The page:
Ofgem chief Brearley: Energy suppliers need to be more resilient

More than two dozen energy suppliers have collapsed in recent months.

August Graham
Tuesday 30 November 2021 14:19
Gas prices have soared in recent months (Yui Mok/PA)
Gas prices have soared in recent months (Yui Mok/PA)

The UK’s energy suppliers need to be more resilient, the boss of Ofgem has said after more than two dozen companies collapsed in the last three months.

Jonathan Brearley also said that high gas prices are likely to remain in place for months.

Suppliers have been collapsing across Great Britain in recent weeks, after the price of gas spiked by as much as five times compared to the start of this year.

“We have a retail sector that needs to become much, much more financially resilient. So we do need a retail sector that is more able to handle shocks like this in the future,” he told lords on the Industry and Regulators Committee.

There’s huge uncertainty. But we have to plan for these prices being around for the coming months

Jonathan Brearley, Ofgem

He added: “Not only is this a very fast and a very quick change in prices. I think this is going to be sustained, potentially.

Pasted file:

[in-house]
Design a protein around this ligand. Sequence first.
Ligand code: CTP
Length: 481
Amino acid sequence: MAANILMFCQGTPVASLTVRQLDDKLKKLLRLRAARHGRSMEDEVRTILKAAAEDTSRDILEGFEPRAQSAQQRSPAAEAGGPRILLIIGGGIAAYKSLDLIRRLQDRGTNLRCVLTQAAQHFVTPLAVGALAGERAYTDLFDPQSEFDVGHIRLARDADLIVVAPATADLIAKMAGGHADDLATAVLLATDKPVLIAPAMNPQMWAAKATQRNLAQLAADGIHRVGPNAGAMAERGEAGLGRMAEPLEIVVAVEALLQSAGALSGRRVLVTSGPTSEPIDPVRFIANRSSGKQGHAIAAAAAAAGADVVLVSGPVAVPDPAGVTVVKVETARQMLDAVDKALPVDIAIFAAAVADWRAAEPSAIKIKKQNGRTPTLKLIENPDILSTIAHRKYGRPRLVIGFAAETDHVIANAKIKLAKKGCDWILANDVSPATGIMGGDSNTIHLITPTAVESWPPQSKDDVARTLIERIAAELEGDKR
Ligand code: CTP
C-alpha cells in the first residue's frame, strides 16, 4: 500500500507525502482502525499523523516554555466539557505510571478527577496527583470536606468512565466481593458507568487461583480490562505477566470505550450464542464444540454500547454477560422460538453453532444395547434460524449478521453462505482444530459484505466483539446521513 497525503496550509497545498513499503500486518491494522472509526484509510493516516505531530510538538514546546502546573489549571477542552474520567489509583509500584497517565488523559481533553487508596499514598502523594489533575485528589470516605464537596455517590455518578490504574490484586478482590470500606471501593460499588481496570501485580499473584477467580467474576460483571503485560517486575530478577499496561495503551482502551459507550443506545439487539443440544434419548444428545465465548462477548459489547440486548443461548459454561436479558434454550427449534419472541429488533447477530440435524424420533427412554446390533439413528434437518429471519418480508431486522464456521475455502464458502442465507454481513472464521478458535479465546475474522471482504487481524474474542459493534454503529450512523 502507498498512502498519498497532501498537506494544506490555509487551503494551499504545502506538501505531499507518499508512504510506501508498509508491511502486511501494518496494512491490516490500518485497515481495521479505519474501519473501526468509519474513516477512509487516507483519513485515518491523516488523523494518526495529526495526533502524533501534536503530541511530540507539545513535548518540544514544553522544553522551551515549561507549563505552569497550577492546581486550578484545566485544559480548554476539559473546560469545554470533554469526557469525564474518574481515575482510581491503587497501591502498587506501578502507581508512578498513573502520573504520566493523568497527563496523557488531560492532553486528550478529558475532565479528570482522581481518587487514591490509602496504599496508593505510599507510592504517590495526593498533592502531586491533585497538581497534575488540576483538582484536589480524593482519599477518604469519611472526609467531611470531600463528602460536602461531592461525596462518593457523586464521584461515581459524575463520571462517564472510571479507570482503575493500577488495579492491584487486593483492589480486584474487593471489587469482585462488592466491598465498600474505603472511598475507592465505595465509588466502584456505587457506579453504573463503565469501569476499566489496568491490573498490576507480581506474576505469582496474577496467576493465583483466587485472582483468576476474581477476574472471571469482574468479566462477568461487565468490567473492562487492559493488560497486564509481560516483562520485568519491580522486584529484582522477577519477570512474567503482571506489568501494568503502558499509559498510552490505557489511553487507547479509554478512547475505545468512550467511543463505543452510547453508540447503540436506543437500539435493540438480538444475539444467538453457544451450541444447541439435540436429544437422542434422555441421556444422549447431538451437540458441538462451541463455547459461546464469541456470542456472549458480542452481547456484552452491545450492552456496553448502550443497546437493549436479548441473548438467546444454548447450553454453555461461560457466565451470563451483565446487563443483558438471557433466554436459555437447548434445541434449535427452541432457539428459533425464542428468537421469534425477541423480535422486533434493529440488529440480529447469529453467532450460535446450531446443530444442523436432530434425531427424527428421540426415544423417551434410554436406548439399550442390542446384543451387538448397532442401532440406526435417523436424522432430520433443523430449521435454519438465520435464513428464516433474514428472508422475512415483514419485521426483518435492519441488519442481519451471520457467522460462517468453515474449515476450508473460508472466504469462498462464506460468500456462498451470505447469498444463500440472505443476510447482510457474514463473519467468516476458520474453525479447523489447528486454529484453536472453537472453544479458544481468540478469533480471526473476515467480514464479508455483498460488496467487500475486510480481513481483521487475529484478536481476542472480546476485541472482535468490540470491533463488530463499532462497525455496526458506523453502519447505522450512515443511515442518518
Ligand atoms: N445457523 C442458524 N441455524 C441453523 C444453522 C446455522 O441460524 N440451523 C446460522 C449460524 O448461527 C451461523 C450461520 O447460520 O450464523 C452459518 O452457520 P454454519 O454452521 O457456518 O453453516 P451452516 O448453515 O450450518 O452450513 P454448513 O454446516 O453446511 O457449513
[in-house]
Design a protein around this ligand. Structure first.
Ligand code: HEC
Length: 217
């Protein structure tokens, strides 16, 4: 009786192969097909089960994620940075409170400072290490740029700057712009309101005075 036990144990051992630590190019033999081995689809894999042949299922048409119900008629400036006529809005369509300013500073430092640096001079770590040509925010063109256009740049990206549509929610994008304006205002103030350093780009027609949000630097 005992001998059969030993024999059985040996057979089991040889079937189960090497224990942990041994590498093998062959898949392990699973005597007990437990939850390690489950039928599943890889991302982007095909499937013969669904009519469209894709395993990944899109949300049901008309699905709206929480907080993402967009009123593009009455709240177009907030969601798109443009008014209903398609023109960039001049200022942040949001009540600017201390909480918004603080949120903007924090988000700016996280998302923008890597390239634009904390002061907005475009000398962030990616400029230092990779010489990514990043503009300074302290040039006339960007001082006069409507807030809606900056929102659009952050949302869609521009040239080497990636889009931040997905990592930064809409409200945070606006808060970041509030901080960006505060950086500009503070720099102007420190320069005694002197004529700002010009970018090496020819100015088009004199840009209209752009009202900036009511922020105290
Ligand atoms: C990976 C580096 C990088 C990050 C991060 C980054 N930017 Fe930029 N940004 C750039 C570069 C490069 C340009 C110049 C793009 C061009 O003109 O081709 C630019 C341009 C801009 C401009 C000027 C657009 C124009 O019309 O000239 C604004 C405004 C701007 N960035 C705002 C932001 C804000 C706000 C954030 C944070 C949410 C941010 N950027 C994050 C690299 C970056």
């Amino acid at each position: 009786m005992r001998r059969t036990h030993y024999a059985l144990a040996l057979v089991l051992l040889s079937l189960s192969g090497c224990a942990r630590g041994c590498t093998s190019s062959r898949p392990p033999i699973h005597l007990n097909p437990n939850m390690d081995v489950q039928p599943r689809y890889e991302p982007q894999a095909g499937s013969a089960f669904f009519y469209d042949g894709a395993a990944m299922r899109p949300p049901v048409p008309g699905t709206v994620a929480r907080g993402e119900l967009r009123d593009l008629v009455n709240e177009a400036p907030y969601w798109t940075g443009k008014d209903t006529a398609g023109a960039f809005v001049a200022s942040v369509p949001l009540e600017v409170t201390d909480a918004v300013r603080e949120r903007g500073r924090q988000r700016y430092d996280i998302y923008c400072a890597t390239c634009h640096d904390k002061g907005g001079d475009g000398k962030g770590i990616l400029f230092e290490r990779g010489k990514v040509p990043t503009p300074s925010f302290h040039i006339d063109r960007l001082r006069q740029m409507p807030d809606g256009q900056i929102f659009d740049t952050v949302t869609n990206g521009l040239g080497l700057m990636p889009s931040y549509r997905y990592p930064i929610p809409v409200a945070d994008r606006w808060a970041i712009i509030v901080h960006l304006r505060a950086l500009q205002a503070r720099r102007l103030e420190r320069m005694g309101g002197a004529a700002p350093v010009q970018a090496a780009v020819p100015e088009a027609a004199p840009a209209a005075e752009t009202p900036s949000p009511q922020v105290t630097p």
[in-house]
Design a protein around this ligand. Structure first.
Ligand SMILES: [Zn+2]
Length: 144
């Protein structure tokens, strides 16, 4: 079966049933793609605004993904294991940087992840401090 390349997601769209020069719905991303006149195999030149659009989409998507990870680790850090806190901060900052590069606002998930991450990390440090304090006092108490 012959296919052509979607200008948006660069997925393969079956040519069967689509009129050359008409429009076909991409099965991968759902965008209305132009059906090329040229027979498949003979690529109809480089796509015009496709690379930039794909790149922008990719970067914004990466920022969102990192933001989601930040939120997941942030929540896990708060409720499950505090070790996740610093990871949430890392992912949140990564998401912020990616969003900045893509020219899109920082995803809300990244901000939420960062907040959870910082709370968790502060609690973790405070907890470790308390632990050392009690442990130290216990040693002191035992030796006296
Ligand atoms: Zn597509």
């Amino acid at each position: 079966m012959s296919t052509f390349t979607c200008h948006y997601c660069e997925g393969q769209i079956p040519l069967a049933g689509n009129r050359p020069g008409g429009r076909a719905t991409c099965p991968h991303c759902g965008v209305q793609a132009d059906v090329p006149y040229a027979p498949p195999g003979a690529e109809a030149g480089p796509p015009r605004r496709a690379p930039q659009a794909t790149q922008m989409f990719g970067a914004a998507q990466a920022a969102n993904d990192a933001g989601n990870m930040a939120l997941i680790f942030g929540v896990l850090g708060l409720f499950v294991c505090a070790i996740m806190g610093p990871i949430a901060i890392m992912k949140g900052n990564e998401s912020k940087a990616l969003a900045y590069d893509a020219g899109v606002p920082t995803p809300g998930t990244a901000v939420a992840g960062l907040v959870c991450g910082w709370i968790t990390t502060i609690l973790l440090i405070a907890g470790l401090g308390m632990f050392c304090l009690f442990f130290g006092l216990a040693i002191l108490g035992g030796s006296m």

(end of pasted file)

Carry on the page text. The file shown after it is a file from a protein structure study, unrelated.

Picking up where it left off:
“I don’t know, I’m afraid nobody knows. There’s huge uncertainty. But we have to plan for these prices being around for the coming months.

“As such, we do need a very, very different way of regulating the retail sector.”

He also said that the regulator will need to reassess the price cap on energy bills. The price cap is currently set so low that energy suppliers are having to pay more for the gas they buy than the amount they can sell it for.

Energy prices have spiked globally due to a series of issues aligning around the world. Increased demand from a reopening economy has been paired with higher demand from China and a summer that was less windy than normal.

Together these have helped push up the price of gas to a level where suppliers simply could not keep going.

The biggest failure was challenger supplier Bulb which served 1.7 million customers. But more than two million other customers have also seen their energy supplier fail.

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